An aspect that the report did not address, and that greatly changes the way things play out in the “real world”, is the Departmental nature of of the Enterprise. As it turns out, many enterprises are run as an amalgamation of departments, where in addition to the global IT budget each department has its own separate IT budget. (In some cases this has to do with organizational politics as much as it has to do with technological and financial management.) In organization of this nature some IT facilities are shared and financed through a company-wide IT budget, and some are not shared and are financed through departmental-level IT budgets.
One example of such enterprise is Microsoft. Microsoft offers many shared resources like Active Directory, email servers, SharePoint servers, and alike, to the different departments and product teams in th3 company. In addition to those shared resources, every product team at Microsoft has its own IT budget that it can use to drive product development. Instead having to coordinate resource usage in a central lab with the rest of the company (like time-sharing on mainframes), separate budget and facilities make it much simpler for each team to acquire its own computing resources and manage its their usage.
If a team at a company that is manages in this way needs to use large-scale resources on a sporadic basis, there is little reason for that team to build, support, and staff a lab full of hardware. For example, a team may need to run large-scale stress test on their product for a few weeks before they ship. A team like that would most likely benefit from utilizing the pay-for-use, FTE-saving, on-demand resource availability model that the cloud can offer.
Up until now I mentioned examples where an Enterprise can benefit from the Cloud as a platform. There are however reasons why the Cloud may not yet be ready for broad Enterprise adoption. One key hindering aspects for the adoption of the cloud as a platform is the Management Infrastructure, or lack/immaturity thereof.
The ability to monitor and manage resource utilization, as well as the charges that their consumption creates, is paramount to broad adoption. The report only touches on this briefly (on slide 32), but generally speaking that aspect is a huge adoption blocker, as no CTO worth his salt would approve spending on something that they cannot measure and have the tools to control. There are some vendors out there today that offer such management services, but at this point in time there are no standards on how to integrate this management with existing management infrastructures that Enterprises (of any scale) have in place.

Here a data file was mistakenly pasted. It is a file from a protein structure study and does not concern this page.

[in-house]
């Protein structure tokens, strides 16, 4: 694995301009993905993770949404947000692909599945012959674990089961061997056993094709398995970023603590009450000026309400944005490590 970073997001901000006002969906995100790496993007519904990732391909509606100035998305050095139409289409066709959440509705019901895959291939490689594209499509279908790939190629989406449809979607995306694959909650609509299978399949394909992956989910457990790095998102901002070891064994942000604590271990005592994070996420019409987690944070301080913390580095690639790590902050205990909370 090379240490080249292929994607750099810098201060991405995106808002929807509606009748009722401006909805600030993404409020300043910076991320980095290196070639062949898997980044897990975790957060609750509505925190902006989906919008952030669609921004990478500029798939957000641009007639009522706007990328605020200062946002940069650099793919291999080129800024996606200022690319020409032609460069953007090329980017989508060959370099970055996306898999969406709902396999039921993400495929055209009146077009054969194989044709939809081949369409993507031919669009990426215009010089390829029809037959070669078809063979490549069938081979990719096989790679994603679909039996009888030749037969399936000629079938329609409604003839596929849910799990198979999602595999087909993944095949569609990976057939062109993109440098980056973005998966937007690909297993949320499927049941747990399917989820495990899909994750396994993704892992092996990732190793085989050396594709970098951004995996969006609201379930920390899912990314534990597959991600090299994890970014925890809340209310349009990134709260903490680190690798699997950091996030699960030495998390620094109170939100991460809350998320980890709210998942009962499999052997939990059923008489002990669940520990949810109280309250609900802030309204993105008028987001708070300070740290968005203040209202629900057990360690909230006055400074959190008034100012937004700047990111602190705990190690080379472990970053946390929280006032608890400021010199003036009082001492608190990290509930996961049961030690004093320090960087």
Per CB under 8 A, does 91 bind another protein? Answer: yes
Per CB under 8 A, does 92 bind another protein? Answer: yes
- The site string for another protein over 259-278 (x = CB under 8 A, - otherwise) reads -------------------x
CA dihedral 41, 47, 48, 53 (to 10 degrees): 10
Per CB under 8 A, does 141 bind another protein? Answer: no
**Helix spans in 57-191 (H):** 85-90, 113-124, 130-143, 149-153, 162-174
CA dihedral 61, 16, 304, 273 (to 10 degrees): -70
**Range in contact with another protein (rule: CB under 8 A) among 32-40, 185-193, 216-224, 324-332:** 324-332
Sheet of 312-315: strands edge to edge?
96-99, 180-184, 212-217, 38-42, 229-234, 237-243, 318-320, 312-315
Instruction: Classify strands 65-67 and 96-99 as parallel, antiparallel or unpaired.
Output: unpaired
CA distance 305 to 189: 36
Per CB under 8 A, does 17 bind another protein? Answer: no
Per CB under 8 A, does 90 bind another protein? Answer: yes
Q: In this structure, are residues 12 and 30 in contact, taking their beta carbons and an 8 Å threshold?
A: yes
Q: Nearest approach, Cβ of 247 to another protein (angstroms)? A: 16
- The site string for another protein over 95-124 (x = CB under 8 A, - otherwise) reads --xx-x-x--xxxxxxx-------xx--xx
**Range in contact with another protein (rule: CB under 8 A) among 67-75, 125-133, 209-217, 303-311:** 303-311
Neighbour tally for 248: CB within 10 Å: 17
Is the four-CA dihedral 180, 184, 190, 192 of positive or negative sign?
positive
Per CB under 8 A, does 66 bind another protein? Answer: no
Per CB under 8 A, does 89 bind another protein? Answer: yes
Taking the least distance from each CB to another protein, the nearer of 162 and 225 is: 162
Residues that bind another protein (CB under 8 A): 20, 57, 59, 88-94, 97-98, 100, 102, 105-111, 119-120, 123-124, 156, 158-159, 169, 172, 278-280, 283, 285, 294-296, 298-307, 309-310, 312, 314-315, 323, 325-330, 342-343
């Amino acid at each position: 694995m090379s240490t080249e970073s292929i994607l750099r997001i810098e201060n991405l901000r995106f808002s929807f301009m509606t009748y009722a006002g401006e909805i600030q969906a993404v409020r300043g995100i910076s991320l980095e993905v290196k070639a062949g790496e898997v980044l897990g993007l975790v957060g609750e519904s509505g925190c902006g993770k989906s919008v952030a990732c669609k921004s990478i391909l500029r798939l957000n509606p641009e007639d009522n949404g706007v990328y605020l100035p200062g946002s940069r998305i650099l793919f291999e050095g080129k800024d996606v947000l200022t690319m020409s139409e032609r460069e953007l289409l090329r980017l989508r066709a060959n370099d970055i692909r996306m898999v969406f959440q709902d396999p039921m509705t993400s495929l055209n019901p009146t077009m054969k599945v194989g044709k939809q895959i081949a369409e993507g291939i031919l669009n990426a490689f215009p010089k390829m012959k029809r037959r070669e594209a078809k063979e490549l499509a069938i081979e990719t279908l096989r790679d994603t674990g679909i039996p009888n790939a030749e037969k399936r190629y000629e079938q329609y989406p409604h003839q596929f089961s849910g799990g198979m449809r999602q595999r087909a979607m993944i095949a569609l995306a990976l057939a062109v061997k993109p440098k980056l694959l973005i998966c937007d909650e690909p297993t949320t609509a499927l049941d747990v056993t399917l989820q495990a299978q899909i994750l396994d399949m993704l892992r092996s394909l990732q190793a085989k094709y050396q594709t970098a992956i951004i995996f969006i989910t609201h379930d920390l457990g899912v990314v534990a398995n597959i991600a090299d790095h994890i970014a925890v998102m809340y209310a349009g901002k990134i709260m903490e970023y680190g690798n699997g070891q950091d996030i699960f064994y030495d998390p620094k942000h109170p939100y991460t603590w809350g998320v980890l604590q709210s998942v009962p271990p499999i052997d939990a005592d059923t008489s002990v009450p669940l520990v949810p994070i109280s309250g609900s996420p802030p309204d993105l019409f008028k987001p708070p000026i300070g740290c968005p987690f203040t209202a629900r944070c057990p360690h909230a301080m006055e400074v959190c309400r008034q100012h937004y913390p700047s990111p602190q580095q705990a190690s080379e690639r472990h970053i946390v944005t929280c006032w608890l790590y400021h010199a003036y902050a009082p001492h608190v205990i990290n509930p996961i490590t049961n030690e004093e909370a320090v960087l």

At this point in time I would make the following recommendations for large enterprises who are looking to adopt the Cloud as a platform:
- Look closely at the economic viability of the various cloud platforms compared to aggressive virtualization, or running your own “internal cloud”
- Examine all virtualization models, not just virtual machines.
- Experiment and measure your actual costs of running your applications in these environments versus on your own servers
- Adopt different approaches for short-term vs. long-term investments.
- Don’t limit yourself to thinking about hardware as an asset that you needed to buy and manage.
- Consider using cloud platforms for short-term investments
- Look to adopt cloud platform at the departmental level instead of investing in your own departmental HW and the FTEs to run and manage it.
- Especially for needs of a “spiky” nature
- Pay close attention to cost, and push your Management software vendor to provide you with management capabilities for your cloud platform investments
Your thoughts and comments on this matter are most welcome!
Labels: SOA Governance